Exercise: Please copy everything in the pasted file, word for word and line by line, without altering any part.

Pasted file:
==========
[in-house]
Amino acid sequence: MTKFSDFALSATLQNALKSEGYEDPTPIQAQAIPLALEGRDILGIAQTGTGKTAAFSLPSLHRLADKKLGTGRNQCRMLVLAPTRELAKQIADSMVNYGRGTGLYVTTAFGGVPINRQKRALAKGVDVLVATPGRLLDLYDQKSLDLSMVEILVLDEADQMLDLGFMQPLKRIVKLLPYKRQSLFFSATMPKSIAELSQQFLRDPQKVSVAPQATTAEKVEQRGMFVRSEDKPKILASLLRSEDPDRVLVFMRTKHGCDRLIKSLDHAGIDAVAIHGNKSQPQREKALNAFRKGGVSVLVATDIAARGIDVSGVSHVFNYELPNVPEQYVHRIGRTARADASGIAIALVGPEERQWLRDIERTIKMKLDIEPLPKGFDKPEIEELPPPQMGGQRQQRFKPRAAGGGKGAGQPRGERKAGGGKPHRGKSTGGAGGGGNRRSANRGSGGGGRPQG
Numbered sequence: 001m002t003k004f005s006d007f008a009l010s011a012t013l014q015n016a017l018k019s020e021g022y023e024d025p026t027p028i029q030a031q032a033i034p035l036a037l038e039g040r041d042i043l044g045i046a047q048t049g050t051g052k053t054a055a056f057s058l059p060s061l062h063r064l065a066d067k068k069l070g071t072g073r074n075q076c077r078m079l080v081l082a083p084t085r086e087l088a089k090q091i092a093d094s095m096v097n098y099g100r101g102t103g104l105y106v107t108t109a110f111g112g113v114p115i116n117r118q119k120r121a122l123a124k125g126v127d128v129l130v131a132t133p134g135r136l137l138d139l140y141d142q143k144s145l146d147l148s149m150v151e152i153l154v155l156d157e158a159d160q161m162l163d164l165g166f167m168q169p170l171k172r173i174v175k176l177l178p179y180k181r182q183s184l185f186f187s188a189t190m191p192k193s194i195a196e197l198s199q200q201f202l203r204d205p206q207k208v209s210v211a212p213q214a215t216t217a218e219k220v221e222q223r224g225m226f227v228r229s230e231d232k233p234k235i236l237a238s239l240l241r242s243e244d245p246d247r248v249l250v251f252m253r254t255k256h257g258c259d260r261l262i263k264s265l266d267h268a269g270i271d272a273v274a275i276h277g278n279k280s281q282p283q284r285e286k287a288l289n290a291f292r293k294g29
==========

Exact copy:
[in-house]
Amino acid sequence: MTKFSDFALSATLQNALKSEGYEDPTPIQAQAIPLALEGRDILGIAQTGTGKTAAFSLPSLHRLADKKLGTGRNQCRMLVLAPTRELAKQIADSMVNYGRGTGLYVTTAFGGVPINRQKRALAKGVDVLVATPGRLLDLYDQKSLDLSMVEILVLDEADQMLDLGFMQPLKRIVKLLPYKRQSLFFSATMPKSIAELSQQFLRDPQKVSVAPQATTAEKVEQRGMFVRSEDKPKILASLLRSEDPDRVLVFMRTKHGCDRLIKSLDHAGIDAVAIHGNKSQPQREKALNAFRKGGVSVLVATDIAARGIDVSGVSHVFNYELPNVPEQYVHRIGRTARADASGIAIALVGPEERQWLRDIERTIKMKLDIEPLPKGFDKPEIEELPPPQMGGQRQQRFKPRAAGGGKGAGQPRGERKAGGGKPHRGKSTGGAGGGGNRRSANRGSGGGGRPQG
Numbered sequence: 001m002t003k004f005s006d007f008a009l010s011a012t013l014q015n016a017l018k019s020e021g022y023e024d025p026t027p028i029q030a031q032a033i034p035l036a037l038e039g040r041d042i043l044g045i046a047q048t049g050t051g052k053t054a055a056f057s058l059p060s061l062h063r064l065a066d067k068k069l070g071t072g073r074n075q076c077r078m079l080v081l082a083p084t085r086e087l088a089k090q091i092a093d094s095m096v097n098y099g100r101g102t103g104l105y106v107t108t109a110f111g112g113v114p115i116n117r118q119k120r121a122l123a124k125g126v127d128v129l130v131a132t133p134g135r136l137l138d139l140y141d142q143k144s145l146d147l148s149m150v151e152i153l154v155l156d157e158a159d160q161m162l163d164l165g166f167m168q169p170l171k172r173i174v175k176l177l178p179y180k181r182q183s184l185f186f187s188a189t190m191p192k193s194i195a196e197l198s199q200q201f202l203r204d205p206q207k208v209s210v211a212p213q214a215t216t217a218e219k220v221e222q223r224g225m226f227v228r229s230e231d232k233p234k235i236l237a238s239l240l241r242s243e244d245p246d247r248v249l250v251f252m253r254t255k256h257g258c259d260r261l262i263k264s265l266d267h268a269g270i271d272a273v274a275i276h277g278n279k280s281q282p283q284r285e286k287a288l289n290a291f292r293k294g29